By Bob Aston
Illegal trade in wildlife threatens to drive thousands of species of wild animals and plants to extinction. This was the key message as the World Environment Day was marked on June 5, 2016 across the World.
This year’s celebration focused on the illegal trade of wildlife with the United Nations Environment Programme (UNEP) urging individuals to use their “spheres of influence” to help end the illegal trade in wildlife by engaging in the “Go Wild for Life” campaign and taking action to help safeguard species under threat for future generations.
|World Environment Day celebration procession in Nanyuki.TRF/NEMA-Kenya|
At the Central Park in Nanyuki Town, Dr. Margaret Mwakima, Principal Secretary for state Department of Natural Resources in the Ministry of Environment Natural Resources and Regional Development Authorities, Laikipia Governor H.E Joshua Irungu, National Environment Management Authority (NEMA-Kenya) representatives and other guests led the celebrations in Laikipia County.
The celebration was particularly significant as Laikipia has the second highest number of wild animals outside protected area in Kenya. Despite this, confrontation between humans and wildlife is common in the County as wildlife particularly elephants migratory routes have been cut off by human settlement.
During the ceremony, Dr. Mwakima reiterated the Country’s strong commitment to combat wildlife crime. She noted that on April 30, 2016, the Country burned over 100 tons of ivory and horns to demonstrate its commitment to stop the trade in products of endangered wildlife species. This was the largest burn of illegal wildlife products in history.
She noted that this year’s celebrations called for a more world efforts to stop illegal trade in wildlife in order to save lives of species of wild animals and plants such as elephants, rhino’s, orangutans, sea turtles, pangolins, rosewoods, helmeted hornbills, and tigers.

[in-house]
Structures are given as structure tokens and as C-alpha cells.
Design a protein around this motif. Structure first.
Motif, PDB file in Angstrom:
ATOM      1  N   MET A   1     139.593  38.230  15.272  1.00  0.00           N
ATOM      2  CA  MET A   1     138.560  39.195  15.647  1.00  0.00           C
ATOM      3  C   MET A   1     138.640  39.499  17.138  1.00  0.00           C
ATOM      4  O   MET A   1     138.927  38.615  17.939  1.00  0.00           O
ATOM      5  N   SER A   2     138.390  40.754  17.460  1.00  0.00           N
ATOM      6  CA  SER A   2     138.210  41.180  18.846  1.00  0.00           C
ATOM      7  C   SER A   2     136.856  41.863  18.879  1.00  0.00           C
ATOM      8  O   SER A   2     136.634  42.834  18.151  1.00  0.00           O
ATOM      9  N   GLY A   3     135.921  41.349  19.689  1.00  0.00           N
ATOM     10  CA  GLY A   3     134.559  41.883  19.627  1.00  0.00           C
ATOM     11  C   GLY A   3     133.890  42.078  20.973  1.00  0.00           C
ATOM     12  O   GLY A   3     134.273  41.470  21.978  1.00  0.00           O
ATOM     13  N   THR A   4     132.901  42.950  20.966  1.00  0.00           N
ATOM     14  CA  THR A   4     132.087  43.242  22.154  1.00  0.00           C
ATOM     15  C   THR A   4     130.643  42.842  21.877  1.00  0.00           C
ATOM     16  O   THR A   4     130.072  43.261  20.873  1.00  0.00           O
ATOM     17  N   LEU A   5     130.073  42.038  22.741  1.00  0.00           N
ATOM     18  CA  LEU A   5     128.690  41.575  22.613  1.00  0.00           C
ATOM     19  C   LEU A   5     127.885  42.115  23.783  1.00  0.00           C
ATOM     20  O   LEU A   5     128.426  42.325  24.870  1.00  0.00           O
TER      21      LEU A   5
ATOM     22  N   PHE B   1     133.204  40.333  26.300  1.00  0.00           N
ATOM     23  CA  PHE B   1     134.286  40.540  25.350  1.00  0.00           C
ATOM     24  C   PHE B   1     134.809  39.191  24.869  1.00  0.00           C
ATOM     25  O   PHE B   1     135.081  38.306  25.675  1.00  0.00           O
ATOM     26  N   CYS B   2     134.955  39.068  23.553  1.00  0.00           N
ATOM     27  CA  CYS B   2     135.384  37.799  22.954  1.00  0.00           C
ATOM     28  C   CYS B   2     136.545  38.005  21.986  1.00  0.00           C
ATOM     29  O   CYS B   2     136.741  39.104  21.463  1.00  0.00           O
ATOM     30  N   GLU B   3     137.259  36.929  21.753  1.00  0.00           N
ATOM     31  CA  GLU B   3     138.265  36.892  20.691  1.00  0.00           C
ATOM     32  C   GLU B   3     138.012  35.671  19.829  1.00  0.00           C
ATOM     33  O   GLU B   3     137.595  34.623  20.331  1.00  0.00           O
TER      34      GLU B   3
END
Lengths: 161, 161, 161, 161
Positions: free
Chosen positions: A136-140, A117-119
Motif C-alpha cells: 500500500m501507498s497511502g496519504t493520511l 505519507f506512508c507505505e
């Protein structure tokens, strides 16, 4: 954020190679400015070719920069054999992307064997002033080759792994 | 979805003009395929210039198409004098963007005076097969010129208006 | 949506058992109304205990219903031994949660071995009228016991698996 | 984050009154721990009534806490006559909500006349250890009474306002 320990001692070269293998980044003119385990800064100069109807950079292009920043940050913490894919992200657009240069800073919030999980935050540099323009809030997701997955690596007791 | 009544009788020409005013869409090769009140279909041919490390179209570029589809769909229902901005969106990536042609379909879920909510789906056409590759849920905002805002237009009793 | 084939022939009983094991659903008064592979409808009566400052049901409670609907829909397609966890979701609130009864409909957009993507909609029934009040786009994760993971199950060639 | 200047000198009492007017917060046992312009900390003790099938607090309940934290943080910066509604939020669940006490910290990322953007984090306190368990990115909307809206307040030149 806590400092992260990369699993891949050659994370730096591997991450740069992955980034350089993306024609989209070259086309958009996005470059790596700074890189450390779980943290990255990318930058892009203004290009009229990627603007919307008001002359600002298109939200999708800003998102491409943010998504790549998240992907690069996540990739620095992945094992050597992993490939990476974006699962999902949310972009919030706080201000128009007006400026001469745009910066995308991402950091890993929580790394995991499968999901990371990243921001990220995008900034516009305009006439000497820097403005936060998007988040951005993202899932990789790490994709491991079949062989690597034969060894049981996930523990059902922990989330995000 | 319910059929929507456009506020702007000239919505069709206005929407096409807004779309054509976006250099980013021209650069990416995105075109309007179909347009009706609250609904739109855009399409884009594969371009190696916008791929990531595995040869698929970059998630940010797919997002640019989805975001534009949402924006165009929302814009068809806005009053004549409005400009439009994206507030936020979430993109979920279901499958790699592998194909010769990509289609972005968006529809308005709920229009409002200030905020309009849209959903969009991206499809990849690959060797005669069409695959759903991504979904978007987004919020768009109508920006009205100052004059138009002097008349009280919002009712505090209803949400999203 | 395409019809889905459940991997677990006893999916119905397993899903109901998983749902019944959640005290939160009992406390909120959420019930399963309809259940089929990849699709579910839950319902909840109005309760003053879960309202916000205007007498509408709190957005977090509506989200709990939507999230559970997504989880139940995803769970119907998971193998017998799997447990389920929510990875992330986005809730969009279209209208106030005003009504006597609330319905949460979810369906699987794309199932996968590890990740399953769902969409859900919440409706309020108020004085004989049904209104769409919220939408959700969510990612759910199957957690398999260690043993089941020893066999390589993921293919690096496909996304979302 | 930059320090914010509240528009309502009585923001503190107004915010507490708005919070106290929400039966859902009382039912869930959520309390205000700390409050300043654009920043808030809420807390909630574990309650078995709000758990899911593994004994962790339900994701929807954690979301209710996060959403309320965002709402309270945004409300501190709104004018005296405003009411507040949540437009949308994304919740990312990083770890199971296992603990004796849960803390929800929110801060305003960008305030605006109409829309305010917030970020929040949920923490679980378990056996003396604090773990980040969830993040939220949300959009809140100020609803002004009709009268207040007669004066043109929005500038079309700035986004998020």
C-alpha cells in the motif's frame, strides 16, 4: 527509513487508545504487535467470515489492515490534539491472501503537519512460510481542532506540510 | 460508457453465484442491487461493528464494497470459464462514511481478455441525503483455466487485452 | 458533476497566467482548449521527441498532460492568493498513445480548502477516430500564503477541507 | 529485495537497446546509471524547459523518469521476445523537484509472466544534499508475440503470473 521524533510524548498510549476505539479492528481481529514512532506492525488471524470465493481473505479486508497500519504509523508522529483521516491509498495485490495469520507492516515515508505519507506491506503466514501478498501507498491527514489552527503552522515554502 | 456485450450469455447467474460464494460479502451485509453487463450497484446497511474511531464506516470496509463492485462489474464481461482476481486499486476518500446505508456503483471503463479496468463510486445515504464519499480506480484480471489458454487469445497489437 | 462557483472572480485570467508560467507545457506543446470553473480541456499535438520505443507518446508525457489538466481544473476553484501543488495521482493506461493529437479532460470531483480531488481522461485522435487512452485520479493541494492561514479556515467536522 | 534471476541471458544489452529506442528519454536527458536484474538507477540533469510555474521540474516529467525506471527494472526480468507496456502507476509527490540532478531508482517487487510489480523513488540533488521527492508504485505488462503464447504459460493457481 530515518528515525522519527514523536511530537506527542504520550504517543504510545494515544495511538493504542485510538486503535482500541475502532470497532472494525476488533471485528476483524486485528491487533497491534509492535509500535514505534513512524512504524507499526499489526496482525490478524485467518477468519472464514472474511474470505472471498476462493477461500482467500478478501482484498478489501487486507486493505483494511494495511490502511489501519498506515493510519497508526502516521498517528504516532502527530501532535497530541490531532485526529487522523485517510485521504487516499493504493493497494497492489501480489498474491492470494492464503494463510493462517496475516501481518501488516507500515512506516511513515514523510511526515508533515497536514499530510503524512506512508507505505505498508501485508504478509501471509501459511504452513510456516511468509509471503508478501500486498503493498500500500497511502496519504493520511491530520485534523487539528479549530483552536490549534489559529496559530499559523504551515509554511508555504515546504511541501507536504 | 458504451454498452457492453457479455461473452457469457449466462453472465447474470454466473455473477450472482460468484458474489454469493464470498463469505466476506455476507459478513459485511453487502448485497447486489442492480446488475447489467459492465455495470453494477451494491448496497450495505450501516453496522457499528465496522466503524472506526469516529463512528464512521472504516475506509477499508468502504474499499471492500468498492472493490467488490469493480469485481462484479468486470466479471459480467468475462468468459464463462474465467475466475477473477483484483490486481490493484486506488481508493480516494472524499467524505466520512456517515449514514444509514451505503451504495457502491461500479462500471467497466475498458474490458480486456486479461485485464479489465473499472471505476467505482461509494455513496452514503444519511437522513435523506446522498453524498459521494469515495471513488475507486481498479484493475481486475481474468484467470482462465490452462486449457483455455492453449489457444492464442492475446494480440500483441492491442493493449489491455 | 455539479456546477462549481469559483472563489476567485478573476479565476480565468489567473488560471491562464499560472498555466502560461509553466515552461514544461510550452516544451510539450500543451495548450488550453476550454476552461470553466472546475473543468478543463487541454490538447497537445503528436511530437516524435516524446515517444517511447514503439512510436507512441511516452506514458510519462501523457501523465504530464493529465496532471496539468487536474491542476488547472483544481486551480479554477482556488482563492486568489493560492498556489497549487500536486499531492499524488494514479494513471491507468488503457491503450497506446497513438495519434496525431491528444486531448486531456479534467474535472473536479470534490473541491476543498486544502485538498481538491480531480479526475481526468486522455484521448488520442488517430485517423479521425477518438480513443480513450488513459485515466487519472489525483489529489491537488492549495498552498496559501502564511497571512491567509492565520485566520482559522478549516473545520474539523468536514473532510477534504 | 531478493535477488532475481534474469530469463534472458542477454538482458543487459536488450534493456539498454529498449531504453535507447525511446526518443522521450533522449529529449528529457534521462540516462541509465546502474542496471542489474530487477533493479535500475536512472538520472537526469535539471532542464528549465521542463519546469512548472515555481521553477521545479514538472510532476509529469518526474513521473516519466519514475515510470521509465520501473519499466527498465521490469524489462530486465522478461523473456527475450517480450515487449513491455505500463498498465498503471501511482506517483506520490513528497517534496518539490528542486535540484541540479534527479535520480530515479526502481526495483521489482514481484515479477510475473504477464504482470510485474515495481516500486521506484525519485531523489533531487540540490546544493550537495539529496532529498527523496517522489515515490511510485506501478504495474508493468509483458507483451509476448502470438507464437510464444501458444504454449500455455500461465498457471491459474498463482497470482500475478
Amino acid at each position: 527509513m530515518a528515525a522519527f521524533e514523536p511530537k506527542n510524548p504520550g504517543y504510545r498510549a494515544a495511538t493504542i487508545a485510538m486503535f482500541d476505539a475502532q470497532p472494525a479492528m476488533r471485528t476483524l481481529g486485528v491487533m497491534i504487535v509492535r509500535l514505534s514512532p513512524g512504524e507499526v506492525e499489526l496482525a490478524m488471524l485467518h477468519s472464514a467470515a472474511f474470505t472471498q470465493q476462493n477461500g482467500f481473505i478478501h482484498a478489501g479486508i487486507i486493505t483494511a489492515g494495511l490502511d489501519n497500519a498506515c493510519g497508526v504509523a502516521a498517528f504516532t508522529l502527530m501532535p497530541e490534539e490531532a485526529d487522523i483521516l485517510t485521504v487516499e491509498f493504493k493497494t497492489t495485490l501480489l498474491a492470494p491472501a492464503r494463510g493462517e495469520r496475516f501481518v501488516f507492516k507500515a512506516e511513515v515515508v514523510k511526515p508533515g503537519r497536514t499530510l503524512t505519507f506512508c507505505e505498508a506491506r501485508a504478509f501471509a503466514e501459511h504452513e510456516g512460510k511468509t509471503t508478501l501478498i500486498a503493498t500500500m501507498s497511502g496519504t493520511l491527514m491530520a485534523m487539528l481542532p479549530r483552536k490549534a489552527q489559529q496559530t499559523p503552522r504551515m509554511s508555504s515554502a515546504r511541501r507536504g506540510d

The illegal trade in wildlife products is eroding Earth’s precious biodiversity. This year’s celebration was an opportunity for everyone to realize not only his or her responsibility but also to show zero-tolerance for the illegal trade in wildlife in word and deed, and make a difference.
Engaging in the “Go Wild for Life” campaign to end illegal trade in wildlife is seen as a way of protecting endangered species of animal and plants as the campaign addresses greed, fashion, ignorance, indifference, investment, corruption, pseudo medicinal use, and cultural belief.
According to UNEP, the effects of wildlife trade include the destruction of natural capital in which many nations could build healthy tourism industries, the spread of corruption, and the undermining of the rule of the law all around the world.
The United Nations and its partners have resolved to tackle illegal trade in wildlife by setting clear targets to put an end to poaching in the Sustainable Development Goals that 193 UN member states adopted in September 2015.
World Environment Day celebration began in 1972. Over the years, it has grown to be a broad, global platform for public outreach. The day is celebrated every year on 5th June to raise the global awareness about the importance of the healthy and green environment in the human lives, to solve environmental issues by implementing some positive environmental actions as well as to protect nature.